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I saw active service in conventional, clandestine and covert units of the South African Defence Force. I was the founder of the Private Military Company (PMC) Executive Outcomes in 1989 and its chairman until I left in 1997. Until its closure in 1998, EO operated primarily in Africa helping African governments that had been abandoned by the West and were facing threats from insurgencies, terrorism and organised crime. EO also operated in South America and the Far East. I believe that only Africans (Black and White) can truly solve Africa’s problems. I was appointed Chairman of STTEP International in 2009 and also lecture at military colleges and universities in Africa on defence, intelligence and security issues. Prior to the STTEP International appointment, I served as an independent politico-military advisor to several African governments. I am a contributor to The Counter Terrorist magazine. All comments in line with the topics on this blog are welcome. As I consider this to be a serious look at military and security matters, foul language and political or religious debates will not be entertained on this blog.

Thursday, April 28, 2011

MILITARY OPERATIONS IN AFRICA

Many have written asking on the progress of my planned book and exactly what it will cover in terms of military operations in Africa.

To date, I have completed 20 chapters. They are as follows:

Chapter 1: Understanding war and conflict in Africa

Chapter 2: The relationship between political strategy and military strategy

Chapter 3: Understanding strategic warfare

Chapter 4: Developing an African art of war

Chapter 5: Land warfare principles in Africa

Chapter 6: Military operations related to war

Chapter 7: Operations other than war

Chapter 8: Intelligence operations

Chapter 9: The development of doctrine

Chapter 10: The phases of war

Chapter 11: Reconnaissance

Chapter 12: The advance

Chapter 13: The attack

Chapter 14: Consolidation

Chapter 15: Exploitation

Chapter 16: Defence

Chapter 17: A concept force for manoeuvre

Chapter 18: A concept force for counter insurgency

Chapter 19: A concept force for semi-conventional warfare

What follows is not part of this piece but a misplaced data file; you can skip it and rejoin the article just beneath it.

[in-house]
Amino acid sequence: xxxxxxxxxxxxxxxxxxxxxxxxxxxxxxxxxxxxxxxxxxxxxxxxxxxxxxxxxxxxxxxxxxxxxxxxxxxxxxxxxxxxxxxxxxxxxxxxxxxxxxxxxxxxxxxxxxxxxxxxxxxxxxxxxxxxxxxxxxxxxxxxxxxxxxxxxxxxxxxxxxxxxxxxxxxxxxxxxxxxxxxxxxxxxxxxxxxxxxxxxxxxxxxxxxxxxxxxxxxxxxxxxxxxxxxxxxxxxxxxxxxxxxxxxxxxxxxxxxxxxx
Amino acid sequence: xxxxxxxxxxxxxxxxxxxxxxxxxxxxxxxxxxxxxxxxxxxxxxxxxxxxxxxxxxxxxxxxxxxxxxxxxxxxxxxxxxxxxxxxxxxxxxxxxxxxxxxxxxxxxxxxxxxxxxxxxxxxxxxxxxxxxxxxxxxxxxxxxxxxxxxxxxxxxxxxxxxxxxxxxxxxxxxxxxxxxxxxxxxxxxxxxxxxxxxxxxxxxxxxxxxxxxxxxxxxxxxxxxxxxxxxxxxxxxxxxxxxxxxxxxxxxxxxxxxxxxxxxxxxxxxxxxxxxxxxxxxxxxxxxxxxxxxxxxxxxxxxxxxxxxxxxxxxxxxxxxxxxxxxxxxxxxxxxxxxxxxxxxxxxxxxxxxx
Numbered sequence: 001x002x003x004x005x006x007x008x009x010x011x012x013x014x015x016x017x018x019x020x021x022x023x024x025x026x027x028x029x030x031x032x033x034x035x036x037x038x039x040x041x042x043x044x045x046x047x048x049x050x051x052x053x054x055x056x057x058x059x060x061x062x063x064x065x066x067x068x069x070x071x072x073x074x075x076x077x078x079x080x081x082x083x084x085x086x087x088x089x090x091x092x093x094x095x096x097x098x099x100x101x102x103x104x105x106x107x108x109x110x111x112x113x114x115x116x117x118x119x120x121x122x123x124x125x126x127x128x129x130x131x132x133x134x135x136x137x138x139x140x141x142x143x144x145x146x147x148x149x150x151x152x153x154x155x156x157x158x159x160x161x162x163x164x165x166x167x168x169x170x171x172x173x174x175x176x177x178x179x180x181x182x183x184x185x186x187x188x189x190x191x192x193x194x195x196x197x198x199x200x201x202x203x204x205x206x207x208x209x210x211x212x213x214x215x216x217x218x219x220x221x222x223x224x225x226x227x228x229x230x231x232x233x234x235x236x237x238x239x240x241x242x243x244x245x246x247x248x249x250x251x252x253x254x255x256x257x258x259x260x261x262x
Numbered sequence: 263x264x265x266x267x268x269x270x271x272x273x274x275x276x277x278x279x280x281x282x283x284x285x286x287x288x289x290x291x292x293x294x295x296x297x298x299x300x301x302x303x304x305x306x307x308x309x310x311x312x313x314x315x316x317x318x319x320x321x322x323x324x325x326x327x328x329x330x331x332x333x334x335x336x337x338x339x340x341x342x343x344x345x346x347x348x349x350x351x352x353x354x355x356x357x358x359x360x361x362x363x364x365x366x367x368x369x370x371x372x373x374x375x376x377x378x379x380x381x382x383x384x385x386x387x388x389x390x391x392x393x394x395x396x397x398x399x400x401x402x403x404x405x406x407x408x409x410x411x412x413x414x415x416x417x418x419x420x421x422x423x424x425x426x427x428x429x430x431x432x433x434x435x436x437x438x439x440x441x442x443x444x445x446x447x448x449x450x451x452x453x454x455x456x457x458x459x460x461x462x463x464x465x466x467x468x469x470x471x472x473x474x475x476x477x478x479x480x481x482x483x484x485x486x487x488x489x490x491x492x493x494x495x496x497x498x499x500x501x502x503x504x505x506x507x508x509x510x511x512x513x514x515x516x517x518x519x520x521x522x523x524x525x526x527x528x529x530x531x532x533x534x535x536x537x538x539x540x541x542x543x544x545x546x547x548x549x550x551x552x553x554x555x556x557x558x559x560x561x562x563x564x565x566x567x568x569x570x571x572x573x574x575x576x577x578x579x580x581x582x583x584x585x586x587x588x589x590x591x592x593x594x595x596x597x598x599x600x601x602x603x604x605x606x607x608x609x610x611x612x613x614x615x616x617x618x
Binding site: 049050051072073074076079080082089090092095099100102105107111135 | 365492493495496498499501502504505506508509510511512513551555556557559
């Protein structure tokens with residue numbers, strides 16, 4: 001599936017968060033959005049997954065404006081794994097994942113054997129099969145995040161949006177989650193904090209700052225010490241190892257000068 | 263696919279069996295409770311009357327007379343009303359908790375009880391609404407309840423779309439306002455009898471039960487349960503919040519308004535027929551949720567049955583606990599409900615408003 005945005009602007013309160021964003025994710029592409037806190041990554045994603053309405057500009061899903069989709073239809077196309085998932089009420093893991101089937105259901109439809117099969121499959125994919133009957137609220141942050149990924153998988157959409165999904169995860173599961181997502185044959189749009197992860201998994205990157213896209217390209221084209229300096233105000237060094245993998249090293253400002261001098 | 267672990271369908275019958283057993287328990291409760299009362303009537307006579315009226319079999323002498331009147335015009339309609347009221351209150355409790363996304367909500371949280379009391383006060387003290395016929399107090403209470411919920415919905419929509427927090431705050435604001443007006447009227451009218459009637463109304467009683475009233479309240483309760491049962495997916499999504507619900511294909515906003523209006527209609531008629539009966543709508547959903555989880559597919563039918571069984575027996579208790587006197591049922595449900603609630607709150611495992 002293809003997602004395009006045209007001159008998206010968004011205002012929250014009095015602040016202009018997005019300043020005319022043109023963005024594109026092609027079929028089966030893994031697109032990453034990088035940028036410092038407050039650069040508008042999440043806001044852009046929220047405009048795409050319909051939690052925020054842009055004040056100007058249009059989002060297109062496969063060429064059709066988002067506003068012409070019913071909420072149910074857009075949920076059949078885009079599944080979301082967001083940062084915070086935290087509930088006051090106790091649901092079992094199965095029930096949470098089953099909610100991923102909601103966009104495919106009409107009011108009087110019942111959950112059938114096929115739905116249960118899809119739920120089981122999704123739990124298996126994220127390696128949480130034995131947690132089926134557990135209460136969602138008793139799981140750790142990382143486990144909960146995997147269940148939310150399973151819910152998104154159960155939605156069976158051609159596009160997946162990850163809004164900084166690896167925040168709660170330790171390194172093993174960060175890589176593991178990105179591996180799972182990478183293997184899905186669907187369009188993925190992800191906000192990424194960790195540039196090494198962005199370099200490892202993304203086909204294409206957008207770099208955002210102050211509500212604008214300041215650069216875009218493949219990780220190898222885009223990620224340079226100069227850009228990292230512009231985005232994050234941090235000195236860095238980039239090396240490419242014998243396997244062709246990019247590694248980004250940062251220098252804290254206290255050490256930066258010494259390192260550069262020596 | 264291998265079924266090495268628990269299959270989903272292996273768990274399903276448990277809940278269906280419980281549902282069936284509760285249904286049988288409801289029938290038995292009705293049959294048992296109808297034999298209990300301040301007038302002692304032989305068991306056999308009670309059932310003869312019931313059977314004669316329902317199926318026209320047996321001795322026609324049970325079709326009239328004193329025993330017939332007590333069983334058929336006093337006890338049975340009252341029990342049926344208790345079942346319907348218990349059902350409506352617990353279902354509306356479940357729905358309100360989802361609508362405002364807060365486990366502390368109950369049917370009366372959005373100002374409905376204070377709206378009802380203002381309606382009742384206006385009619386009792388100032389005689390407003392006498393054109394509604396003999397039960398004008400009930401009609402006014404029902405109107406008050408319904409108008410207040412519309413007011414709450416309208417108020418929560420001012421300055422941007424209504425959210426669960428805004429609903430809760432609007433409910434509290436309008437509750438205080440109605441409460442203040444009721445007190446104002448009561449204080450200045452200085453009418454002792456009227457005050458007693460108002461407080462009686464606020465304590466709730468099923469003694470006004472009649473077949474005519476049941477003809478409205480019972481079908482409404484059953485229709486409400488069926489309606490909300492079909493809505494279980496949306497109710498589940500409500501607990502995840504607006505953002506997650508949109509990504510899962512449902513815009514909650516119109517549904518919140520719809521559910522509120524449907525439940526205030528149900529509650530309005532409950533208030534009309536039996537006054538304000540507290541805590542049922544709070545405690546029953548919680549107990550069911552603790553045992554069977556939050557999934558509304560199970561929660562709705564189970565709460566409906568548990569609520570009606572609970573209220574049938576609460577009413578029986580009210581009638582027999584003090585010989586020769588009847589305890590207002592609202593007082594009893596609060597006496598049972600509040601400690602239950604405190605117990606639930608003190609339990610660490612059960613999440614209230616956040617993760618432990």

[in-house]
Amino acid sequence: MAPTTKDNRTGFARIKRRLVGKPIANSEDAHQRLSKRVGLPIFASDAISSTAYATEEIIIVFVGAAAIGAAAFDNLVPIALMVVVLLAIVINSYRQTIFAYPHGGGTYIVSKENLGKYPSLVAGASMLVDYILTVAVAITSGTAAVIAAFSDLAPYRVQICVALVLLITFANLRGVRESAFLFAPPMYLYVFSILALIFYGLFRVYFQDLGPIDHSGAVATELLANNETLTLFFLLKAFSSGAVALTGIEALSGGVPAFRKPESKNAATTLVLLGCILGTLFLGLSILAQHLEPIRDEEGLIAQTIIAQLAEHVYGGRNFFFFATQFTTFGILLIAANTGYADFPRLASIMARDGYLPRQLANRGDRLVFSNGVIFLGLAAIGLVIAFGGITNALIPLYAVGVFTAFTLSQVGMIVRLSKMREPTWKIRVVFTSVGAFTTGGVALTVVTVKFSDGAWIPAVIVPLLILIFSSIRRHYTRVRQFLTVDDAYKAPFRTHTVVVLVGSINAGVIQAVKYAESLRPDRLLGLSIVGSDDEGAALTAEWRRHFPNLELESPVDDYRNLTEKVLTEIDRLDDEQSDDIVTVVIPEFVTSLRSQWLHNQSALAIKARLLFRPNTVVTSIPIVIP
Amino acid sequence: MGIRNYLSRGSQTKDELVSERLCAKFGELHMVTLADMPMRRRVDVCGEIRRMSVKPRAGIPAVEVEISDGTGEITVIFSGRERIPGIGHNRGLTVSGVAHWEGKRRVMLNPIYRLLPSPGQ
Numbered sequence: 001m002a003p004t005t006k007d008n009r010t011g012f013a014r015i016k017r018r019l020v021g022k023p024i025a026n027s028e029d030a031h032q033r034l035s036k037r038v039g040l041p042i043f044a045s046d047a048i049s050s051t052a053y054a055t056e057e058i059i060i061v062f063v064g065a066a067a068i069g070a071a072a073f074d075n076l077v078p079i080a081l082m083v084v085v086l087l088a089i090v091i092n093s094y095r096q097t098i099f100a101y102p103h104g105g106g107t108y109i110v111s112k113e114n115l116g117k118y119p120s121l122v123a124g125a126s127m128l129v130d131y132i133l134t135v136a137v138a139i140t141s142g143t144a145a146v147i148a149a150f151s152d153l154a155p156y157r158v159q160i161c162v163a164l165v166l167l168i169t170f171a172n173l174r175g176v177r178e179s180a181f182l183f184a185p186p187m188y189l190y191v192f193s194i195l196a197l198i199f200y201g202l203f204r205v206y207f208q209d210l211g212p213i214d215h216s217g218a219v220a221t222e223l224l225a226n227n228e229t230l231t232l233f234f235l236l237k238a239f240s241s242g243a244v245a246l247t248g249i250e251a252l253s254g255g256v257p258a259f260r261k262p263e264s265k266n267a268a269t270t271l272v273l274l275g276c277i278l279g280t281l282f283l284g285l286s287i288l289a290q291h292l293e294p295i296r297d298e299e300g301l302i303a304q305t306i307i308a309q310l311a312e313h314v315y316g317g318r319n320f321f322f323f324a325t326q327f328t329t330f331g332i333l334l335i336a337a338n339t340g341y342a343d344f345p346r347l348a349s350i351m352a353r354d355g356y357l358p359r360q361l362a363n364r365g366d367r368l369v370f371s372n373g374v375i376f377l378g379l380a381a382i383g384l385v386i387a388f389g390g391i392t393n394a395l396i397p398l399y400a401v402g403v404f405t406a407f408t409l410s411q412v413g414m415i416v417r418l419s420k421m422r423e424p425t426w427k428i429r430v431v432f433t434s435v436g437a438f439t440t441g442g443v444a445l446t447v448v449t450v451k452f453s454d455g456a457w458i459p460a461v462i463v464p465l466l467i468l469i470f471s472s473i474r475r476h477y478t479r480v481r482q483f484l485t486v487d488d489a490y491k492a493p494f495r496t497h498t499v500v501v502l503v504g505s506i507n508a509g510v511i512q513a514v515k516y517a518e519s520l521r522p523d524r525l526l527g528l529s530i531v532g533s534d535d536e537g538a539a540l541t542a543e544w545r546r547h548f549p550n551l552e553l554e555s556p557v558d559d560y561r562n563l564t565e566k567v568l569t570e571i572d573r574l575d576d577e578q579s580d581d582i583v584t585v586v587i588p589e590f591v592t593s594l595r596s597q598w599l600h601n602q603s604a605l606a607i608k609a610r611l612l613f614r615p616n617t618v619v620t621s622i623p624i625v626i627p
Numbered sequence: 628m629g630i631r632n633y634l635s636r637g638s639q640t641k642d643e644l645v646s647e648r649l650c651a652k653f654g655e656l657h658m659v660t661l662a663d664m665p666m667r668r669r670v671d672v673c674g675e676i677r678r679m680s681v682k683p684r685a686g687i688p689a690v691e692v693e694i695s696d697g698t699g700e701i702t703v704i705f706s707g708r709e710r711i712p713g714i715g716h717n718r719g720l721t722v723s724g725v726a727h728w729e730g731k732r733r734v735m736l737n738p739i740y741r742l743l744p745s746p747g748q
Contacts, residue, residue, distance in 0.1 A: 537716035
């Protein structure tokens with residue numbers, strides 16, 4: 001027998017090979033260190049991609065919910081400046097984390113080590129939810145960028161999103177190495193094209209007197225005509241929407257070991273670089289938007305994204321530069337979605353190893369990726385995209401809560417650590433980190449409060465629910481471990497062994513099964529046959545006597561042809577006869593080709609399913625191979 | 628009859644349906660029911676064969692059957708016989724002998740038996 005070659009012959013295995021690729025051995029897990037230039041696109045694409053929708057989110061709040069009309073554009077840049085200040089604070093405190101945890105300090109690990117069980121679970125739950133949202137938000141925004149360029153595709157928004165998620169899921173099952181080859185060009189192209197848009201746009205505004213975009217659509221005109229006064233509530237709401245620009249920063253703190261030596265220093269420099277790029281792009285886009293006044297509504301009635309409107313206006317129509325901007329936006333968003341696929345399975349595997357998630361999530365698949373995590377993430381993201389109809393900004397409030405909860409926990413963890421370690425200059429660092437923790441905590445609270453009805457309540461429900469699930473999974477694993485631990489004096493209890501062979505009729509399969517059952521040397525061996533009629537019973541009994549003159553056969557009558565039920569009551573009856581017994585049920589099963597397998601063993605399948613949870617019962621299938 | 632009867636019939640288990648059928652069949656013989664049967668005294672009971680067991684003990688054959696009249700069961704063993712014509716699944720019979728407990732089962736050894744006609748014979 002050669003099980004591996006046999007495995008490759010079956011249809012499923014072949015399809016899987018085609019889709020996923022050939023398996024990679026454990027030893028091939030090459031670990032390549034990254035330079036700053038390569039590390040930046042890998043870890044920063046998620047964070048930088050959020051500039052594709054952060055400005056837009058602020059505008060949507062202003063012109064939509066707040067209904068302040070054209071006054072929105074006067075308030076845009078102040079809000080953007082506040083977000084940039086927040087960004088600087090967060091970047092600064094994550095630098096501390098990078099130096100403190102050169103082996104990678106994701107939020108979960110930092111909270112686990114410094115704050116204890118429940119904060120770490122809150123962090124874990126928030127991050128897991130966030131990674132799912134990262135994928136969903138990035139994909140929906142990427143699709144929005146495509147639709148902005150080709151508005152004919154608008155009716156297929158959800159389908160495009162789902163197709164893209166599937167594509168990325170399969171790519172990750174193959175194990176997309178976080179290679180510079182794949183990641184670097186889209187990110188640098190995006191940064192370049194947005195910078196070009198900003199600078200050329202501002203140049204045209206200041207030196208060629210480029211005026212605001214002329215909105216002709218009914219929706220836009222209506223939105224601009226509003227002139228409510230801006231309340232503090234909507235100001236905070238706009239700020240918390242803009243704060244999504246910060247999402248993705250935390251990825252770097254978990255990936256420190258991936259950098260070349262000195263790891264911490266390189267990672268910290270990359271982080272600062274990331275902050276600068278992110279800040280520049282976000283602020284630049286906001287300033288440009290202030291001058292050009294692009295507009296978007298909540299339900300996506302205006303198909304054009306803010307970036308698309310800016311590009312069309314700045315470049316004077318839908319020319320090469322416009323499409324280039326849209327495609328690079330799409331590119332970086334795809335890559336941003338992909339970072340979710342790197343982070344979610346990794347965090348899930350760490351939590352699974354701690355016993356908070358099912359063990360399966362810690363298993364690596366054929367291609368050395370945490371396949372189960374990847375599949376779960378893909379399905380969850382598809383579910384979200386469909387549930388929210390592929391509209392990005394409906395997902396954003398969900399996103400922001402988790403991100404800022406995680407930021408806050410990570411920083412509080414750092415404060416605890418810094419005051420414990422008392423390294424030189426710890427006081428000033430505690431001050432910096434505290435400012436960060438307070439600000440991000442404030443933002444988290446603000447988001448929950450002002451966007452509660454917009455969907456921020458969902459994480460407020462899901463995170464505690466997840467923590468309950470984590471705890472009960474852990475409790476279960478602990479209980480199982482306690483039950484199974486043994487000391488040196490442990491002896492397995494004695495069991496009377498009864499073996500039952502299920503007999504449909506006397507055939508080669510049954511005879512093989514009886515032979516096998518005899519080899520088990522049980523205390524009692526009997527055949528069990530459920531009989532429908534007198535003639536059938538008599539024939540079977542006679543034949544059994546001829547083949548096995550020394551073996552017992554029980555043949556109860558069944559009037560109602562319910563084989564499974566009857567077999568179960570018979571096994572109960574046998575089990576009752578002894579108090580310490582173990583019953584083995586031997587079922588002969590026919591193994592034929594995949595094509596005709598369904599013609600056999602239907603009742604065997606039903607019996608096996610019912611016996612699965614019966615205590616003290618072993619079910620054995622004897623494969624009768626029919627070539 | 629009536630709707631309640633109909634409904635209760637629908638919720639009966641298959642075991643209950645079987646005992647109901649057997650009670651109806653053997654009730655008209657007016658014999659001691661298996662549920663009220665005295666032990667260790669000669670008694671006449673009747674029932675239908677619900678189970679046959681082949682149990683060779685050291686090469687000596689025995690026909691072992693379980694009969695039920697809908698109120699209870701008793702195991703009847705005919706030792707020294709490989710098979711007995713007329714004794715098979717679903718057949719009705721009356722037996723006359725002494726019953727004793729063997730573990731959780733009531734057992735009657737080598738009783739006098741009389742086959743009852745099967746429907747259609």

Chapter 20: Pseudo Operations

Chapter 21: Night operations

There will probably be an additional 5 chapters (I have not yet named them) added to the above.

To date, chapters 1 to 8 have been edited and I am still working on bits and pieces in chapters 9 to 21 before I submit them to my editor, Dr Deane-Peter Baker, a lecturer at the US Naval Academy. Deane has done a great job on the chapters he has had under pen and I am really happy at the guidance he has given me.

Unfortunately, time has been a constant threat to my efforts and I write when I can.

The reaction I have had from the blog readership as well as several African armies has been very encouraging so I continue to slog away when I have time.

My hope is that once the book has seen the light of day, those who read it will be able to have a better understanding of this very demanding and different theatre of conflict and war and if called upon, will be able to make a positive contribution to ending that which has and continues to devastate Africa.

44 comments:

Jeremy said...

Eben

Keep working on that book. I cannot wait for it to be published as I know we will all have much to learn from this book.

Jeremy

Eeben Barlow's Milsec Blog said...

Hans, a voice from the past!

I hope the book will find resonance with “Africa watchers” as you put it.

Yes, the book will only be sold via the blog – there will be 1 000 copies printed for sale to the public and they will be coffee table type books, leather-bound etc. Although I have had many enquiries/orders placed already, I shall only confirm orders once it goes to press.

Some African armies have also asked for the book for their Staff and Command colleges and we are working on how best to assist them with that.

Rgds,

Eeben

Eeben Barlow's Milsec Blog said...

Thanks Jeremy.

No sarcasm intended but I too cannot wait for the day that I finish it!

Rgds,

Eeben

Jake said...

Eeben,
A book on this subject is long overdue and I am glad you are taking up the task of addressing it. Look forward reading it.

Jake

Eeben Barlow's Milsec Blog said...

Thanks, Jake. I often need to motivate myself to continue writing after a tough day. But I will get there in the end.

Rgds,

Eeben

Herbert said...

Mr Barlow,

Your book-in-progress looks like a sure winner. I shall buy it and no doubt learn from it.

I visited your wife's blog. She's a good wit and a very good writer.

Herbert

John said...

Good Evening Eeben,

Your next work looks to be a must purchase for my library. I certainly look forward to the challenge of trying to absorb more of your thoughts. The whole question will be a tough nut to crack over the next decade at least.

Best Regards,

John

P.S. Careful with that candle-if you burn it from the center life becomes very unpredictable.

Alan said...

Eeben: